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Slave Life in Rio de Janeiro, 1808-1850

Mary C. Karasch

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Geisteswissenschaften, Kunst, Musik / Pädagogik


Rio de Janeiro in the first half of the nineteenth century had the largest population of urban slaves in the Americas—primary contributors to the atmosphere and vitality of the city. Although most urban historians have ignored these inhabitants of Rio, Mary Karasch's generously illustrated study provides a comprehensive description and analysis of the city's rich Afro-Cariocan culture, including its folklore, its songs, and accounts of its oral history.
Professor Karasch's investigation of the origins of Rio's slaves demonstrates the importance of the "Central Africaness" of the slave population to an understanding of its culture. Challenging the thesis of the comparative mildness of the Brazilian slave system, other chapters discuss the marketing of Africans in the Valongo, the principal slave market, and the causes of early slave mortality, including the single greatest killer, tuberculosis. Also examined in detail are adaptation and resistance to slavery, occupations and roles of slaves in an urban economy, and art, religion, and associational life.
Mary C. Karasch is Associate Professor of History at Oakland University in Rochester, Michigan.

Originally published in 1987.

The Princeton Legacy Library uses the latest print-on-demand technology to again make available previously out-of-print books from the distinguished backlist of Princeton University Press. These editions preserve the original texts of these important books while presenting them in durable paperback and hardcover editions. The goal of the Princeton Legacy Library is to vastly increase access to the rich scholarly heritage found in the thousands of books published by Princeton University Press since its founding in 1905.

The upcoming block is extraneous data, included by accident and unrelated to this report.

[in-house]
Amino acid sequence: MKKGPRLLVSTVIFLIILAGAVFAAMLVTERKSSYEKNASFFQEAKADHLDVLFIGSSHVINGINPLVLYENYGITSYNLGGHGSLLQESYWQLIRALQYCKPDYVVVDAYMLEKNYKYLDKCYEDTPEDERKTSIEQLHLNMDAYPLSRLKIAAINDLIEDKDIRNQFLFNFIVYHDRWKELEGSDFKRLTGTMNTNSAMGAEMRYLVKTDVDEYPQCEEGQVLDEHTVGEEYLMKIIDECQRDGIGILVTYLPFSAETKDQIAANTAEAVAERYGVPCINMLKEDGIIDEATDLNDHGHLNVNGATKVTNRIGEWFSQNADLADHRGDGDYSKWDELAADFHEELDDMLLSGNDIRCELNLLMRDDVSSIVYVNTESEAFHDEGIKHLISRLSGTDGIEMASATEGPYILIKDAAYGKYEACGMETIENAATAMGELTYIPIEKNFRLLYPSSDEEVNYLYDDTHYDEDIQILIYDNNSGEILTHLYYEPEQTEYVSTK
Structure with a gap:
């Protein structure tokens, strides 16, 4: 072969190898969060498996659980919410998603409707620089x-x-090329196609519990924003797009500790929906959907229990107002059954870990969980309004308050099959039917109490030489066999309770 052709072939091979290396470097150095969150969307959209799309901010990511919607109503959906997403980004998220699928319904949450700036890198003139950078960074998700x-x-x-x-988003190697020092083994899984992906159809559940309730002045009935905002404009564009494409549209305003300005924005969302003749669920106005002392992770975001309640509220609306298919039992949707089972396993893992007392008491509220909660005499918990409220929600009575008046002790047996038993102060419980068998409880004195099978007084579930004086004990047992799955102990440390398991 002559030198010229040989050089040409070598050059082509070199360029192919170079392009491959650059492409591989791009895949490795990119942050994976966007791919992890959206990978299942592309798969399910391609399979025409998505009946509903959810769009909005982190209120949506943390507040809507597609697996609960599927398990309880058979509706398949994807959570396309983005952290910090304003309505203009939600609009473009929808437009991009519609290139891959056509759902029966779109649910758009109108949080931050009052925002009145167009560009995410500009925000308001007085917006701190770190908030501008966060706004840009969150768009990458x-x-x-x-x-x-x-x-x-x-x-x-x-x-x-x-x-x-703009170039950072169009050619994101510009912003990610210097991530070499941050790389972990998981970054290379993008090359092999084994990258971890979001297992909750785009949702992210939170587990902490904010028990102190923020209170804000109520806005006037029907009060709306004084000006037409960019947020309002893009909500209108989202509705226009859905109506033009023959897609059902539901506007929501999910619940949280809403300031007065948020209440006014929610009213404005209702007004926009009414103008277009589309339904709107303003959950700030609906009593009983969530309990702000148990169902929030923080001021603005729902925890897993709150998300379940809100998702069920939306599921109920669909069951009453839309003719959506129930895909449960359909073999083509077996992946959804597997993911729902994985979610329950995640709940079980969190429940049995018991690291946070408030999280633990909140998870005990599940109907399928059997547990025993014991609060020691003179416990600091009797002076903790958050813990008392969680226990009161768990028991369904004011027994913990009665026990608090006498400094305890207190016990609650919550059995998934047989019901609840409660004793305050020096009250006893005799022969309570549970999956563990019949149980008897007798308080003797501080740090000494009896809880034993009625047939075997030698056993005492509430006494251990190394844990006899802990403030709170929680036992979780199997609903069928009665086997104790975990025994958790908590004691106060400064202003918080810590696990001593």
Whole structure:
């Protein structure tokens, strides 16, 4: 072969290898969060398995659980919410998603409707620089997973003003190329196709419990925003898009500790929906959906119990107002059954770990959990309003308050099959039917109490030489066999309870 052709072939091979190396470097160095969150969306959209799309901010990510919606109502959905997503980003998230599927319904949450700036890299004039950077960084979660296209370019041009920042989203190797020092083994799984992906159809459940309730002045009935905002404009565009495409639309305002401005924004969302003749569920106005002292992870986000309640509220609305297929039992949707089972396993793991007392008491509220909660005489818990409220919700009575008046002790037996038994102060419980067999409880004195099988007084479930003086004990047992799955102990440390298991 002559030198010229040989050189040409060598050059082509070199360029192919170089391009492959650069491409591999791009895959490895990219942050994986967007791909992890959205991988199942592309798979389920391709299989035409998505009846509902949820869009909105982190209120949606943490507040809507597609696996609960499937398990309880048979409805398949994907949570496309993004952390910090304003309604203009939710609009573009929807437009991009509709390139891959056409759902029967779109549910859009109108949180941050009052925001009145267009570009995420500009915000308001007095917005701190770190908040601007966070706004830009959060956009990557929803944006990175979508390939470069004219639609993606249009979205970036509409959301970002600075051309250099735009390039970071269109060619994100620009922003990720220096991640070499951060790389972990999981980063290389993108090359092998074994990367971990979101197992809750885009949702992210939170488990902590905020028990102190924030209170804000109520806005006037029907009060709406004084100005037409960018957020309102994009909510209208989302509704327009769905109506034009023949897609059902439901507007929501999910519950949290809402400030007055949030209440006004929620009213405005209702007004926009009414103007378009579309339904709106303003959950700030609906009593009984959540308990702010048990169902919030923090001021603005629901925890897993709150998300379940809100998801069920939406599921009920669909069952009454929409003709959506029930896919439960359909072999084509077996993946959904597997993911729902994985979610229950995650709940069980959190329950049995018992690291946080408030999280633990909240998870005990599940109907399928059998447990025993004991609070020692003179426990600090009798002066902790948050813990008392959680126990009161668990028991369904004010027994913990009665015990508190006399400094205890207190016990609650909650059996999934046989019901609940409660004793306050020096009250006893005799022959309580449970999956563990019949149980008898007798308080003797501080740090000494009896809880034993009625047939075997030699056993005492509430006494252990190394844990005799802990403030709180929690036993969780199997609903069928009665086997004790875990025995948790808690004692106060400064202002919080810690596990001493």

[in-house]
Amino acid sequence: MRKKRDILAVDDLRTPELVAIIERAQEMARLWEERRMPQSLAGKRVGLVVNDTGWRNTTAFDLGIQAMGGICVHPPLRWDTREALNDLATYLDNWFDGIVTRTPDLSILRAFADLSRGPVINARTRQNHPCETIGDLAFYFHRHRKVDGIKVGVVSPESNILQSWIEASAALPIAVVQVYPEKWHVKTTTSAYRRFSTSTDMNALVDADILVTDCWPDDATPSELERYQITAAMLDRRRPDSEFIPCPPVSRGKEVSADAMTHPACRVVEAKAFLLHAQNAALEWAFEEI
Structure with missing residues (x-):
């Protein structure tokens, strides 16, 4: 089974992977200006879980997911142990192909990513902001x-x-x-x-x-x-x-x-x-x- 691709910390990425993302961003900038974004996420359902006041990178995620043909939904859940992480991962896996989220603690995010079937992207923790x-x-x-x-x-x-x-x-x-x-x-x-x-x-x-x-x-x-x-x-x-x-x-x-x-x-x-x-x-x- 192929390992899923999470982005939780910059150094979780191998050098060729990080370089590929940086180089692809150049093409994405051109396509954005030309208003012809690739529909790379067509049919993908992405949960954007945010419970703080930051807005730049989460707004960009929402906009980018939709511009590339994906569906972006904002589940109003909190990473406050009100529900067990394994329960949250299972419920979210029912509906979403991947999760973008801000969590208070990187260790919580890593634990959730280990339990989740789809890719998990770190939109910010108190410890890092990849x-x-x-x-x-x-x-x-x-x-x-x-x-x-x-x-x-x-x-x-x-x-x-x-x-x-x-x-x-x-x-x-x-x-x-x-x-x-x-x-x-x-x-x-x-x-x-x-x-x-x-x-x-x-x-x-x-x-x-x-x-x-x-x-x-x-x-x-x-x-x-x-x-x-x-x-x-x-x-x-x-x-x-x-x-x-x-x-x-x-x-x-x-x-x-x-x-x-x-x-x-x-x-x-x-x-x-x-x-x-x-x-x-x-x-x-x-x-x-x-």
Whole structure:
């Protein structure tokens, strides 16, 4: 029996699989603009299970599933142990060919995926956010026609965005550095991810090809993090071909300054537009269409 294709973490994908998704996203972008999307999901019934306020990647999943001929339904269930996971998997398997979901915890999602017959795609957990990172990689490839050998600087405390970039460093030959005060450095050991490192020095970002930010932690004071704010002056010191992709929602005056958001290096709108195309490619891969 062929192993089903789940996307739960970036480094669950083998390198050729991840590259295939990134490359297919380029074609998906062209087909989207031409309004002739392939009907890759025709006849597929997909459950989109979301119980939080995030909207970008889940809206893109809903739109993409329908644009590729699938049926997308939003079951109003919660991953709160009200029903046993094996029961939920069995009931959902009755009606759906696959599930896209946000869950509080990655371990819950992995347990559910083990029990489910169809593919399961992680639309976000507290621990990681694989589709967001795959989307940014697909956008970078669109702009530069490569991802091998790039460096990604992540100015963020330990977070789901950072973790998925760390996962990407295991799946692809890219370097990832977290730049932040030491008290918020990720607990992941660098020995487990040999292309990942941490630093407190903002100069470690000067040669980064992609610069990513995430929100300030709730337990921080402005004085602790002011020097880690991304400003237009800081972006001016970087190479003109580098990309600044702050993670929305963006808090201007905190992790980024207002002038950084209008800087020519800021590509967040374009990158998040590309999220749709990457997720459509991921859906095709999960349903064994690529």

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Slavery, Barotseland, Culture of Brazil, East Africa, Household, African diaspora, Liberdade (district of São Paulo), New Slaves, Black Order (Satanist group), Museu Paulista, African cuisine, Slave name, Quilombola, Yoruba music, Barracoon, Rio Grande do Sul, Brazilian art, Kazembe, Central Africa, Cholera, Portuguese in Africa, Traditional African religion, Manumission, African dance, Abolitionism, Quilombo, West Africa, Pernambuco, Araguaia (telenovela), Luanda, Witch doctor, Brazilian literature, Angola, New African, Colonial Brazil, Mfecane, Disease, Southern Africa, Black Boy, The Africans (radio program), Atlantic slave trade, Slave rebellion, Minas Gerais, Languages of Africa, Tetanus, Kalunga, Afro-Brazilians, Paraguayan War, Adult, Zumbi, Yellow fever, Black Death, Black people, Congo River, Rio Group, Haitian Revolution, Malaria, Prostitution, Demographics of Brazil, Afro-Portuguese, Dahomey, Order of Christ (Portugal), Samba school, Galley slave, Malnutrition, Rio de Janeiro, Back-to-Africa movement, To Be a Slave, Leprosy, Tropical disease, Infanticide, Tuberculosis, The Slave Community, Black Brotherhood, Brazil, Indigenous peoples of the Americas, Africa, Brazilians, Freedman, Slavery in Brazil, Typhoid fever, Pedro II of Brazil, Middle Passage, Umbanda, Slave patrol, Latin America, Child mortality, Rio de Janeiro (state), Black church, Mulatto, Color line (civil rights issue), The Other Hand, Africana, Kingdom of Kongo, Mortality rate, House of correction, Tiradentes, African trypanosomiasis, Machado de Assis, Afro-Jamaican